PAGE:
8 Jun 2010

For America is BP India's Union Carbide?

Is Union Carbide’s horrific environmental disaster of 1984 America’s ‘BP’? Yesterday’s minimal sentences passed down on eight former Carbide employees, did not include the then Chief Executive Warren Anderson. No one has ever acted upon the arrest warrant that was issued for his arrest. No one until yesterday was ever brought to book. America and her then multi-national, in effect, took little or no action to remedy the disaster.

When I visited Bhopal in 2002 – 15 years after it had happened, the stench still hung over the site. The wreckage stood untouched since the devastating explosion that left 50 tonnes of the toxin – methyl isocyanate – hanging in a cloud over the City’s slums.

At least 3,000 people died immediately, some 15,000 are estimated to have died since as a result of ingesting the fumes. Many birth deformities have occurred and many cancers diagnosed amongst survivors. It is alleged that the ground water remains dangerously polluted.

Beyond the 11 people killed aboard the exploding oil rig in the Gulf of Mexico no one has yet died from the consequent oil spill. Yet an American president is now at war with a British multi-national and all political guns are blazing.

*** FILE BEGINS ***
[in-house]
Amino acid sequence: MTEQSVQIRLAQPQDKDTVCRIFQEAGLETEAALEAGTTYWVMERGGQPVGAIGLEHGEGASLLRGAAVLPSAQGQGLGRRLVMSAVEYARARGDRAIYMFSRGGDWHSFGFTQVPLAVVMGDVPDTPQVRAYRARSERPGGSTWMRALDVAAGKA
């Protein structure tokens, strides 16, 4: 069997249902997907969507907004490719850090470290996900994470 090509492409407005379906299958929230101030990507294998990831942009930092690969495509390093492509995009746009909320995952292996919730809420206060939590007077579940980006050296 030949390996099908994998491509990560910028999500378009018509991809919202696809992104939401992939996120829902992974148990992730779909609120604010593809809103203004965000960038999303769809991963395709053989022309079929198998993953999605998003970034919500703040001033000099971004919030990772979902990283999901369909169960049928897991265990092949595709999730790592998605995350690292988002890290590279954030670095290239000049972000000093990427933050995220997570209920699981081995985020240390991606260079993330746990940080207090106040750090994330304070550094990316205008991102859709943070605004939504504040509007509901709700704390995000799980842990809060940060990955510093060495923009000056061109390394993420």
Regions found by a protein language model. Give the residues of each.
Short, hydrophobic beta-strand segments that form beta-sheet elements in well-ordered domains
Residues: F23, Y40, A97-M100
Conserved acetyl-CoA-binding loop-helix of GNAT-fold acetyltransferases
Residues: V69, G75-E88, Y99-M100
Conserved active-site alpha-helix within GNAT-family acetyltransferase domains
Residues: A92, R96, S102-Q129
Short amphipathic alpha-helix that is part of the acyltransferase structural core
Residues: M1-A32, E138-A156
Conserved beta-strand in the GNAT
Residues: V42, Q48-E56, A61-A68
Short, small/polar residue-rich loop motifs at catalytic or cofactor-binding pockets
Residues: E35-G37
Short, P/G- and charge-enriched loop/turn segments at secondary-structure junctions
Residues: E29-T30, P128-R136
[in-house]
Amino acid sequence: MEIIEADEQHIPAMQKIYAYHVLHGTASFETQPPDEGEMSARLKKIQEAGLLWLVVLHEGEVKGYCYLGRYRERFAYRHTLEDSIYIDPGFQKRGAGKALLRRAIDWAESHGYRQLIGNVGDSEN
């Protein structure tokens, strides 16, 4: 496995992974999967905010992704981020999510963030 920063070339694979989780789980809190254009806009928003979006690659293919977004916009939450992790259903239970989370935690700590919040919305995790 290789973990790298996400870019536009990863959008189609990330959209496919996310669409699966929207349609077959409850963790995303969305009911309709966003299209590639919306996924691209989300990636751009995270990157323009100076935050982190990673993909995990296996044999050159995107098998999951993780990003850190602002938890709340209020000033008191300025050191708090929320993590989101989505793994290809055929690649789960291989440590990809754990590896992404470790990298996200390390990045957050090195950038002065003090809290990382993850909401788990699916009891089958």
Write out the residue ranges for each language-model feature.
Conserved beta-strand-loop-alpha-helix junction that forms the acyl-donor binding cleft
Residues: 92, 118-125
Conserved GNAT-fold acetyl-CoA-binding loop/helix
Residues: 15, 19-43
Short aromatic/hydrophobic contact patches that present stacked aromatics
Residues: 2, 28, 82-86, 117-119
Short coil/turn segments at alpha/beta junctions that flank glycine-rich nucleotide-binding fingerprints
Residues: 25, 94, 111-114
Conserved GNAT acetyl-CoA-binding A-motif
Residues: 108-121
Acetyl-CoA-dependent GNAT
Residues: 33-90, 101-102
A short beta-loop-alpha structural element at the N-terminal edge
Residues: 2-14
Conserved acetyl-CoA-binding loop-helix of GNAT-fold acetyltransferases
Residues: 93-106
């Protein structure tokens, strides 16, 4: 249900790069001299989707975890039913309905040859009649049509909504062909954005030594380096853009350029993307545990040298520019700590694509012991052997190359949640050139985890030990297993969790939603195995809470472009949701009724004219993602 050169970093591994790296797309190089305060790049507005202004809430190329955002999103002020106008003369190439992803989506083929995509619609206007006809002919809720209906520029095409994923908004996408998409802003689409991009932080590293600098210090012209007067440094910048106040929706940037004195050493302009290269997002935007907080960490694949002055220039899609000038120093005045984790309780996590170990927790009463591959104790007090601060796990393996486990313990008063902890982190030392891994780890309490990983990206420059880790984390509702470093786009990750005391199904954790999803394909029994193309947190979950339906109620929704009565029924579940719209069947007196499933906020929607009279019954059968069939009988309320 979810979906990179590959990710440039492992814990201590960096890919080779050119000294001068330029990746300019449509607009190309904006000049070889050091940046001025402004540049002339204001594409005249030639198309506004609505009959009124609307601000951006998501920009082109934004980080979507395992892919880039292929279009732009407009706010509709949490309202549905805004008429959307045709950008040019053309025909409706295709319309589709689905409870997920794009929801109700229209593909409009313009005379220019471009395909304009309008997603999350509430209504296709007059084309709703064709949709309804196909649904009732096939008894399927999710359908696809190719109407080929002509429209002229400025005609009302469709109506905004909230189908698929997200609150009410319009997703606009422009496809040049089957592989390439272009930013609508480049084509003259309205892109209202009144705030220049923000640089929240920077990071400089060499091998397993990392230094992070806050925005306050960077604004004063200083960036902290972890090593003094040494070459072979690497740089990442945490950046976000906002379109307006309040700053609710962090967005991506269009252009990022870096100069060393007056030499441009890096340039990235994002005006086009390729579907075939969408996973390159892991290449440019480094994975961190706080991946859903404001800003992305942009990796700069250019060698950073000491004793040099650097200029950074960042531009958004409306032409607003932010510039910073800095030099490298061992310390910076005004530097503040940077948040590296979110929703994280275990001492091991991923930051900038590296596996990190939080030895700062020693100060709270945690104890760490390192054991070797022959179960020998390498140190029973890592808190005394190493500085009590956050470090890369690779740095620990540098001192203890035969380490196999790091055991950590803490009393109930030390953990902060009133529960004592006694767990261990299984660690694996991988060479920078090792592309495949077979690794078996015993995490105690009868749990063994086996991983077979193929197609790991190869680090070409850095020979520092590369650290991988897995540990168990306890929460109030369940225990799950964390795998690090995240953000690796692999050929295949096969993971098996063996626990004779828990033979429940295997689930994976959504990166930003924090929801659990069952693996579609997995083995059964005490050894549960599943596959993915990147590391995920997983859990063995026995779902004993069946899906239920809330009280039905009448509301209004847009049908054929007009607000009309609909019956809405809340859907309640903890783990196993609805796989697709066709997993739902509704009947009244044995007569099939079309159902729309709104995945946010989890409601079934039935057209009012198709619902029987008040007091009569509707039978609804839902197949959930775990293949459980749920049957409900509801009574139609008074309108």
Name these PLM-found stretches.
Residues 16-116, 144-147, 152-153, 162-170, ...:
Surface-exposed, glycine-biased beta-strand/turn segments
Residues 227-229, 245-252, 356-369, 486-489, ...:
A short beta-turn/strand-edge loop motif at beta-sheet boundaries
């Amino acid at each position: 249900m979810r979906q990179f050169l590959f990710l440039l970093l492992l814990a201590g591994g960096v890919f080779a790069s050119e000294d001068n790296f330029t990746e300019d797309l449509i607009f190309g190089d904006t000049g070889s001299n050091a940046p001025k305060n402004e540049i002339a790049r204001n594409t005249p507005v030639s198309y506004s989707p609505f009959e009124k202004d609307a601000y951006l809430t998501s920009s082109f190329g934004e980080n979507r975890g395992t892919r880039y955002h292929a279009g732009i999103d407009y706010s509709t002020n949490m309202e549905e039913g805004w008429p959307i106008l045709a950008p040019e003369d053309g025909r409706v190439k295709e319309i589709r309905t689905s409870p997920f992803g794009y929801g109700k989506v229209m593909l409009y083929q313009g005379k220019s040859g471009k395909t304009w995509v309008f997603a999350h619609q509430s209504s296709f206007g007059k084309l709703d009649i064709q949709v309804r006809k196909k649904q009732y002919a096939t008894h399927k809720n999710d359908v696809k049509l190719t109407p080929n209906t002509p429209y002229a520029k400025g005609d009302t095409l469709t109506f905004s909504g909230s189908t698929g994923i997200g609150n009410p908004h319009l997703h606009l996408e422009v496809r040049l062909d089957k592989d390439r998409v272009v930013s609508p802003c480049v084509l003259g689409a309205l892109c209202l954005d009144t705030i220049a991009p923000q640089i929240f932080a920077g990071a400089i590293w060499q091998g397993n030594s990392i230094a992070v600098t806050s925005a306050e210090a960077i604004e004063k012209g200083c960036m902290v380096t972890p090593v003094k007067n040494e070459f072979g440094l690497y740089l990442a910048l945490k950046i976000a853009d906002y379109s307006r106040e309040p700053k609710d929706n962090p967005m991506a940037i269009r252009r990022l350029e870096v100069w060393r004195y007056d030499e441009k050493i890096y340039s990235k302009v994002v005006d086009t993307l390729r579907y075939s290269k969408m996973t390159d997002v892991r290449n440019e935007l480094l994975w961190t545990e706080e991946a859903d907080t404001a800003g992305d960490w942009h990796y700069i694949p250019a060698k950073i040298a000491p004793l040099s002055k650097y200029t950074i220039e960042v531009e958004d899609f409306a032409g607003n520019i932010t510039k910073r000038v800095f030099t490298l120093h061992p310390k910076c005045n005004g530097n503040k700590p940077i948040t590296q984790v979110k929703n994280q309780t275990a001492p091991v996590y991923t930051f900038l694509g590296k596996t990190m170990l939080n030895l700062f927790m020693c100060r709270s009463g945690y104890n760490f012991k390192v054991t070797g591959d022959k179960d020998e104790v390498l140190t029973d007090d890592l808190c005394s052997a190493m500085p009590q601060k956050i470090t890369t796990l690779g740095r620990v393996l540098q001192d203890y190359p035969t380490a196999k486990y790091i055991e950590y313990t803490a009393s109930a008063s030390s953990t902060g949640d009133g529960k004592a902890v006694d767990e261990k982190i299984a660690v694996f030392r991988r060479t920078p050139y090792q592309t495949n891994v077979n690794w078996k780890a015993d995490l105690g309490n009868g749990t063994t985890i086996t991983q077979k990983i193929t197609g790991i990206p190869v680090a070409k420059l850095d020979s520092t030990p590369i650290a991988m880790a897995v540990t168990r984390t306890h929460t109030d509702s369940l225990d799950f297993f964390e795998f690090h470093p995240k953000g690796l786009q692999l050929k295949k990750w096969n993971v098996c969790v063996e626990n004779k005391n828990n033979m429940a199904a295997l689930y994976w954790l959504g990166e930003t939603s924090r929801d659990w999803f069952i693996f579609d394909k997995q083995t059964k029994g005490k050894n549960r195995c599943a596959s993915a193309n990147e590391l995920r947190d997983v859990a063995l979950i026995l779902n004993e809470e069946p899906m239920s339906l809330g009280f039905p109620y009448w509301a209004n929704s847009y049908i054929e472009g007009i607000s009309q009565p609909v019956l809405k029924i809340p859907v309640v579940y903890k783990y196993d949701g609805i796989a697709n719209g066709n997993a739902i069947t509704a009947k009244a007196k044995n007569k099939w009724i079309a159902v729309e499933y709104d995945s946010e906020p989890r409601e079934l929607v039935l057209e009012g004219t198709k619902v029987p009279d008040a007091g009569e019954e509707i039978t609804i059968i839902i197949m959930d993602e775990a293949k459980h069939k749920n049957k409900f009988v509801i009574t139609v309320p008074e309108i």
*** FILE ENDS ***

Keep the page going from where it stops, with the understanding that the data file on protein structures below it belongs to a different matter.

Had President Ronald Reagan expended against Union Carbide a tenth of Mr Obama’s energy and rhetoric today focused on BP, would life and death for the people of Bhopal might have turned out very differently?

Perhaps what Union Carbide and BP tell us is that even in a globalised world, holding great multi nationals to account is technically extremely difficult.

The eight carbide employees sentenced yesterday for their role in the Bhopal disaster have got two years in jail and a little more than £1,000 each in fines. No one expects anyone from BP, Haliburton, or Trans Ocean, to go to prison, let alone to have to pay personal fines.

Perhaps the fact that BP is voluntarily paying for both the battle to contain the oil and to clean it up is real progress.

But if BP’s disaster had happened off Nigeria or Uganda’s Lake Victoria oil field, could we have been so sure?

Is this still a globalising world with one outcome for the rich and another for the poor?


, ,

Tweets by @jonsnowC4

22 reader comments

  1. John says:

    Fatuous, BP is Anglo American with approximately equal share holding in UK and USA and with 2.5 times as many US employees as UK.

  2. the-Richard-of-Nottingham says: